Crosswords and Cross worlds

It's funny how when something is put into thought, it becomes accessible to us all.   Take for instance WWII and the Crossword Panic of May 1944.  The Allied Forces were planning the liberation of France by landing in Normandy.  The operation was called "Operation Overlord."  Top Secret.   So, you can imagine how nuts the British secret service were when they noticed that crossword puzzles printed in the Daily Telegraph newspaper contained a surprisingly large number of words that were code-names relating to the coming invasion.  The answers to two clues were "Utah" and "Omaha"-- names that had been given to beaches in Normandy where American troops were to disembark.   Shortly afterwards, crosswords were published containing the answers "Mulberry," the code-name for the floating harbor, and "Neptune," a code-name for naval support.

At first, security agents were tempted to dismiss the whole matter as coincidence, but when a clue was given referring to a "Big-Wig," with the answer "Overlord," they began to worry that the crossword was somehow being used to warn the Germans.  Two officers were duly dispatched to interview the crossword compiler--a fifty-four-year-old teacher name Lenard Dawe.  After some close questioning, the agents became convinced that Dawe had no knowledge of the impending landings, and that his clues and their answers had indeed been a series of strange coincidence.

On this day in 1945, Soviet and American troops met at the River Elbe cutting Germany in two.  WWII was over and the Cold War had begun. 

Lenard Dawe

On 25 April 1001, the count of Aviemore, tired after a day of hunting, decided to spend the night in a rustic hut.  In the middle of the night he was awakened by servants and friends frightened by strange flashes, who urged the hunters to flee with them, fearing a forest fire.  He decided not to run away with his companions but to cautiously study the strange phenomenon.  Heading for the place where the flashes came from, the Count realized that there was no fire or burning trees, but a strange light.  Among the flashes he saw a beautiful lady, whom he took to be the Virgin Mary.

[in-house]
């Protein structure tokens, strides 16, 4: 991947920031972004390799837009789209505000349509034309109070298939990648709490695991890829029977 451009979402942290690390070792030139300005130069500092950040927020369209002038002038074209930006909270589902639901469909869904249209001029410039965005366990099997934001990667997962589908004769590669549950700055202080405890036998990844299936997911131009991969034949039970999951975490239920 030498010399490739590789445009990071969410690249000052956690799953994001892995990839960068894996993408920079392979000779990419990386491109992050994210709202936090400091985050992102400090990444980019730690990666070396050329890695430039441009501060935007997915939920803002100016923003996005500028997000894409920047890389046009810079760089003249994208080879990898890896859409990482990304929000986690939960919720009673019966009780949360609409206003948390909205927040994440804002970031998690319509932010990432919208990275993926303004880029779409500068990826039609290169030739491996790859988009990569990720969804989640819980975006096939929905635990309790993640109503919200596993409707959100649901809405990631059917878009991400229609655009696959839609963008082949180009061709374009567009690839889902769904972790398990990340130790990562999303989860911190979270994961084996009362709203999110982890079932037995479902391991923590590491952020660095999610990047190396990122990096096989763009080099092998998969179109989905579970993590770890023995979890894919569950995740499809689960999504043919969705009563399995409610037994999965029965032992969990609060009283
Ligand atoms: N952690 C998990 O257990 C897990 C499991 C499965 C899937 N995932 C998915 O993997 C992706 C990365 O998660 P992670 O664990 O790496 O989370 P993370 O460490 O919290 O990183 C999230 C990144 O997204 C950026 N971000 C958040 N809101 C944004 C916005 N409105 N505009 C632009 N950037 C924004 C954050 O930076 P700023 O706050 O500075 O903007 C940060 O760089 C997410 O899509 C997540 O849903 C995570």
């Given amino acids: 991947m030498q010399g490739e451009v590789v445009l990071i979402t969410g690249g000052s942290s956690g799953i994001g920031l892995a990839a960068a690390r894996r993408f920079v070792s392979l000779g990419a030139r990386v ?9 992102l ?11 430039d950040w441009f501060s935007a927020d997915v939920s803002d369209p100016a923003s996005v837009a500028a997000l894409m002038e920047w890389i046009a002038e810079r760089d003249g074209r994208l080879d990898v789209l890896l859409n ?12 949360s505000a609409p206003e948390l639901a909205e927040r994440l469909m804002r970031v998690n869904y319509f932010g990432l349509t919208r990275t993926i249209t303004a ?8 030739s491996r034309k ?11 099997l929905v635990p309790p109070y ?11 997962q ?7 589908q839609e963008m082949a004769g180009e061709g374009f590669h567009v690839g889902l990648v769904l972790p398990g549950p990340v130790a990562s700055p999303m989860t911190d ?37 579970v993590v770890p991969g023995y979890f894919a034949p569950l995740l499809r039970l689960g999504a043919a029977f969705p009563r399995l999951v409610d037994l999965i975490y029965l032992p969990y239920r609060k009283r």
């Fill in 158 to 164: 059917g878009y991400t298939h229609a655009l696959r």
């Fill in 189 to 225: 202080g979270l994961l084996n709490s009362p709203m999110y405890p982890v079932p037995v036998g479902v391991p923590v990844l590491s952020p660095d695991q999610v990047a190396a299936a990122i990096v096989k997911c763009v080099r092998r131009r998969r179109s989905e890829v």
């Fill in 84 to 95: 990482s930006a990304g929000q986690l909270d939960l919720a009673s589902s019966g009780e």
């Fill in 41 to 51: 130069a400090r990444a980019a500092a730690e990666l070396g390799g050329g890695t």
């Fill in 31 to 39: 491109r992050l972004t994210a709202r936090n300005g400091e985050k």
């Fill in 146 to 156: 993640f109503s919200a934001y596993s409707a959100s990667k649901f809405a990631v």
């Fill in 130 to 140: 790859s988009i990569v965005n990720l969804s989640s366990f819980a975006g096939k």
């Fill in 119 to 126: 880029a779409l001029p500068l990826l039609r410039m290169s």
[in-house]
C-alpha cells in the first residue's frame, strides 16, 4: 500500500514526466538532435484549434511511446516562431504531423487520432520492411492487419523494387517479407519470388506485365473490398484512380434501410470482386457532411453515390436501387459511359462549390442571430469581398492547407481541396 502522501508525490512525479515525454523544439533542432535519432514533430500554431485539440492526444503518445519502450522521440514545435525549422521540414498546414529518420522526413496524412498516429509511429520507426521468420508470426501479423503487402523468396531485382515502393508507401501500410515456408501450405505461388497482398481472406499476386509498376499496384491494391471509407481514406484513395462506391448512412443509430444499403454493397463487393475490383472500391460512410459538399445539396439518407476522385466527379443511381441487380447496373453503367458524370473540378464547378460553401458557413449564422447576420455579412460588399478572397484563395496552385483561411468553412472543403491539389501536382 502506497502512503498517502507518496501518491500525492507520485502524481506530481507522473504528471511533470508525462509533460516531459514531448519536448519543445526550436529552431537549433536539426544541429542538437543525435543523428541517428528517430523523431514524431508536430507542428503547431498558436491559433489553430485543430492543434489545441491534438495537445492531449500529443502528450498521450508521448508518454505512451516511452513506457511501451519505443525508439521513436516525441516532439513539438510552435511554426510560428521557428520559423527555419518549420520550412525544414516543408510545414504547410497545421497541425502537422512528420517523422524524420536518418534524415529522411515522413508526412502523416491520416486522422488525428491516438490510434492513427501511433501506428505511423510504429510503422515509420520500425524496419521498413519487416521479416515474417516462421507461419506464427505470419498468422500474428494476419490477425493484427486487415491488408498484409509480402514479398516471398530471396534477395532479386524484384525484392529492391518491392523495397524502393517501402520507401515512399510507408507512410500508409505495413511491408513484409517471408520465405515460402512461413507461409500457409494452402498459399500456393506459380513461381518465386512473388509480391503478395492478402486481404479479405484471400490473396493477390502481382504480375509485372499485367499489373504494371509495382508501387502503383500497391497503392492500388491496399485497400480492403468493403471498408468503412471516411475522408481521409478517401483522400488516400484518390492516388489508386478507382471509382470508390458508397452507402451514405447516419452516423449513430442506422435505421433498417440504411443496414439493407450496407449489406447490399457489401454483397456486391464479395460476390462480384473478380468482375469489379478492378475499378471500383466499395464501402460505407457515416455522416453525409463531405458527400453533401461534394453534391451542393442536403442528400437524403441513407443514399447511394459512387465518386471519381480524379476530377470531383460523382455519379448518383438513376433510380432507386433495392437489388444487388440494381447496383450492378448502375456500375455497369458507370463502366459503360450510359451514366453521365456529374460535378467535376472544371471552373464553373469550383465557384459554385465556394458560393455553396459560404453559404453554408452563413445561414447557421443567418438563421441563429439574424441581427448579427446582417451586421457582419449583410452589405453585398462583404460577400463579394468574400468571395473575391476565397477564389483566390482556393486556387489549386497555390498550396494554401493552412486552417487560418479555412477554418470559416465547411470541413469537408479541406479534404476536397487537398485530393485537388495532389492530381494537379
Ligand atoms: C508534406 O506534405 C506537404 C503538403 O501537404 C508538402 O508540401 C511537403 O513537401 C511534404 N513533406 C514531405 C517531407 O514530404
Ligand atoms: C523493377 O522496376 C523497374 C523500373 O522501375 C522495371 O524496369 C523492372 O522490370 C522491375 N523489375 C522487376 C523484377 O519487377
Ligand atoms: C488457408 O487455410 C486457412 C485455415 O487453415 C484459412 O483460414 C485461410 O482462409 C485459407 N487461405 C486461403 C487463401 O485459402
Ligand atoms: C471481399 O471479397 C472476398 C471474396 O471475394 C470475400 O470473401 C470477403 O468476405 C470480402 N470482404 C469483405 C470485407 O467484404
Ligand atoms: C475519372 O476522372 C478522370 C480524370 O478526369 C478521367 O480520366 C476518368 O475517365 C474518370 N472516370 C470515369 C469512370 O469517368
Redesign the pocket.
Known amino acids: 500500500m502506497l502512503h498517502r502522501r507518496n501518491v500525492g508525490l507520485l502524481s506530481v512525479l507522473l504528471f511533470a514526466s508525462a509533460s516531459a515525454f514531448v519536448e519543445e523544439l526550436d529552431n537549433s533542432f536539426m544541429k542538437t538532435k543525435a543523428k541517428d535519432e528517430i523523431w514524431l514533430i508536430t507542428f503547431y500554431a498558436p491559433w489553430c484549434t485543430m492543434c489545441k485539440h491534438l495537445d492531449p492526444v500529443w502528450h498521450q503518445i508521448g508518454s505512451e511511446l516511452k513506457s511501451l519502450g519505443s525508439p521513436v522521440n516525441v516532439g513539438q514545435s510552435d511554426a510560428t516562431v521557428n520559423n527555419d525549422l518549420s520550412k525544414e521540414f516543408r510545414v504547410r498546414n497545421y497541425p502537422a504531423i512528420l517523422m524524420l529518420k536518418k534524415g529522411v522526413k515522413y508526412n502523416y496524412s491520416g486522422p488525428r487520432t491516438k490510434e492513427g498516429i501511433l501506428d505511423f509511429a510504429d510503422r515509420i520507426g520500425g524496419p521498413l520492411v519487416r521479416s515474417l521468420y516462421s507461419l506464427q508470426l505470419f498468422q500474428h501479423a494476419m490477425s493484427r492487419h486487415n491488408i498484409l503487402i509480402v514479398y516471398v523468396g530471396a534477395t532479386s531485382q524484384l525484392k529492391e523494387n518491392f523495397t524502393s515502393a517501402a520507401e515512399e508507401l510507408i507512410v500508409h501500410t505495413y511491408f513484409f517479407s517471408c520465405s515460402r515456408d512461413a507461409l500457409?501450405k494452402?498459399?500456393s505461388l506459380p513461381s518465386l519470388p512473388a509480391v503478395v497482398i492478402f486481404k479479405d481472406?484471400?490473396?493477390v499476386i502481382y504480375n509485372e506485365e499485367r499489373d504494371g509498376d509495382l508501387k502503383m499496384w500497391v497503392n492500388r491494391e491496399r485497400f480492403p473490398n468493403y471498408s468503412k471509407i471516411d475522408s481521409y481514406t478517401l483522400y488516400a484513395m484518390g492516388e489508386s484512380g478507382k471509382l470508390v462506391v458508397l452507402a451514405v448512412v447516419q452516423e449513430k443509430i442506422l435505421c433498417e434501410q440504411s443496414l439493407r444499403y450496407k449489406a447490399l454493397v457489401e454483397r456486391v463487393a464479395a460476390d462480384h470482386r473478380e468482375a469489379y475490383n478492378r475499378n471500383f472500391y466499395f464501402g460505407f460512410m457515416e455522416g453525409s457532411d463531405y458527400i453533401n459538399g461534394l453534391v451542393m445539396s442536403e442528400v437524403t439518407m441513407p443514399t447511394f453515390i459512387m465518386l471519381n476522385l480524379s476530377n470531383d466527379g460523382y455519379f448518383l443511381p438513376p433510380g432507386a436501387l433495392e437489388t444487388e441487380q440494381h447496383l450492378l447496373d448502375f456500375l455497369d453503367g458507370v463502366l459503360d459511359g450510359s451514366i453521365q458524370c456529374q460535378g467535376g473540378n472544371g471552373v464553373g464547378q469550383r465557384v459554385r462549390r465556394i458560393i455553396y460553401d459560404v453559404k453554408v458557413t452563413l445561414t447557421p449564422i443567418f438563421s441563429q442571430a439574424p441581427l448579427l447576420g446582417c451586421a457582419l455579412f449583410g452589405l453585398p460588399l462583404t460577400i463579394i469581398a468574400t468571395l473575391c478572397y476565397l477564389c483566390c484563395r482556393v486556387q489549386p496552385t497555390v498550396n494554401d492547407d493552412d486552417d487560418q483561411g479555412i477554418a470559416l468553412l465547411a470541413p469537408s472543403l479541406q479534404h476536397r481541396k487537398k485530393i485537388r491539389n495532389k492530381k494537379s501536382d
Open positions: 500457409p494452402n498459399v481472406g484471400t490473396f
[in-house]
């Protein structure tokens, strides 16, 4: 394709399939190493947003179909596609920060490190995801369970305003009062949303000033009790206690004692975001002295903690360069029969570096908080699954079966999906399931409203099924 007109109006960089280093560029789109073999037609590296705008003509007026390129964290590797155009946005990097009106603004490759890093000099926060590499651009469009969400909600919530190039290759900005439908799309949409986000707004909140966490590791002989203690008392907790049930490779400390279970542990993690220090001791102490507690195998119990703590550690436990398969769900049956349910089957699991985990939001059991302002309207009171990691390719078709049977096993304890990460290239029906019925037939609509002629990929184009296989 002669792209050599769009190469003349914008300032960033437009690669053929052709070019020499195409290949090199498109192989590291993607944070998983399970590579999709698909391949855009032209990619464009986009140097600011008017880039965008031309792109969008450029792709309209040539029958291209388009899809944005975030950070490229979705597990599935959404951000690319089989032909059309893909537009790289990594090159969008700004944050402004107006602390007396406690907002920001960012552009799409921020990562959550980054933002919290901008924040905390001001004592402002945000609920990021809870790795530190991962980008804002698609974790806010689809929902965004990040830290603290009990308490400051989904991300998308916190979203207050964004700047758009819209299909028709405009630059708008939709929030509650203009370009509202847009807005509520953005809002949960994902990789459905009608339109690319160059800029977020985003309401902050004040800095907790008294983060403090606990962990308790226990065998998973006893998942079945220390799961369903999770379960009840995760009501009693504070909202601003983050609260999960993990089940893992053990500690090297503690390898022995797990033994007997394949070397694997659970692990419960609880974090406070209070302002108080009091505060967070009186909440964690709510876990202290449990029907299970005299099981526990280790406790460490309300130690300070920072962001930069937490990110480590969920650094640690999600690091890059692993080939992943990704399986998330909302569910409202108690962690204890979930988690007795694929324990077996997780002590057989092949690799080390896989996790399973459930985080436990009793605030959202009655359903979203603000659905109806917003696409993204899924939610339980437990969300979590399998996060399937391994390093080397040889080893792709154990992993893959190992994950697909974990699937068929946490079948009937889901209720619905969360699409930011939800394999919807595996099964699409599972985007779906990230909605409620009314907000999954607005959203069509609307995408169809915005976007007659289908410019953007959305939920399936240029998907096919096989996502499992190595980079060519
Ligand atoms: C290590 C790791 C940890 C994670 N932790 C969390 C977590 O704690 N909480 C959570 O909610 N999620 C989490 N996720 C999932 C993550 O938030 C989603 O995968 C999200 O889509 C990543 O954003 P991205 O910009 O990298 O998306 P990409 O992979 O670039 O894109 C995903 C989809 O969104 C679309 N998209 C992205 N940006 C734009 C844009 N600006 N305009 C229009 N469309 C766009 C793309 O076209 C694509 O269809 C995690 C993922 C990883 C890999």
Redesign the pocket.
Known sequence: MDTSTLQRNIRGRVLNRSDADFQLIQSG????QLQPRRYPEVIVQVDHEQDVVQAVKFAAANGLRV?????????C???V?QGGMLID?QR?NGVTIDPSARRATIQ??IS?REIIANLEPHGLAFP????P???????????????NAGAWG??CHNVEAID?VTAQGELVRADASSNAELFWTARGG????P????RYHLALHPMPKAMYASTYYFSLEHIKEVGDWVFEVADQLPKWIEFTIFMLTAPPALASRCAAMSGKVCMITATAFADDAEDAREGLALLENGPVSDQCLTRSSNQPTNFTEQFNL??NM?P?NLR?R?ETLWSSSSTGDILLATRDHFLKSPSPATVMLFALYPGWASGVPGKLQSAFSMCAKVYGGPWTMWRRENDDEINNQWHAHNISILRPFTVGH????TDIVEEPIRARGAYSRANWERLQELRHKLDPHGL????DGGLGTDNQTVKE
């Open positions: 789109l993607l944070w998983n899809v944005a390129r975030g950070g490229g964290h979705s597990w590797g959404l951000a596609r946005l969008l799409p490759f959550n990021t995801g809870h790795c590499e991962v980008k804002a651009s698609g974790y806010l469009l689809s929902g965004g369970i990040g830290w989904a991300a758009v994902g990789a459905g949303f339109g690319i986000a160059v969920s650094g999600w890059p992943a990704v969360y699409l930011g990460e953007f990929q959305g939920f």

A farmer named Nicholas, nicknamed Strazzacappa, who was going to work, saw the vision as well and reportedly heard a request from the apparition for a place of worship to be erected there.  The case received publicity and a small chapel built at the spot became a center of pilgrimage.  After a few years the Verginiani, led by William of Vercelli, settled there.  When they merged with the Cistercians, the now famous monastery passed to the care of these monks.  The church was elevated to the dignity of basilica by Pope Paul VI on 31 May 1978.


Debunked:   Woman Farmer seen in Spain is Not Donald Trump! 


Or, is she?....

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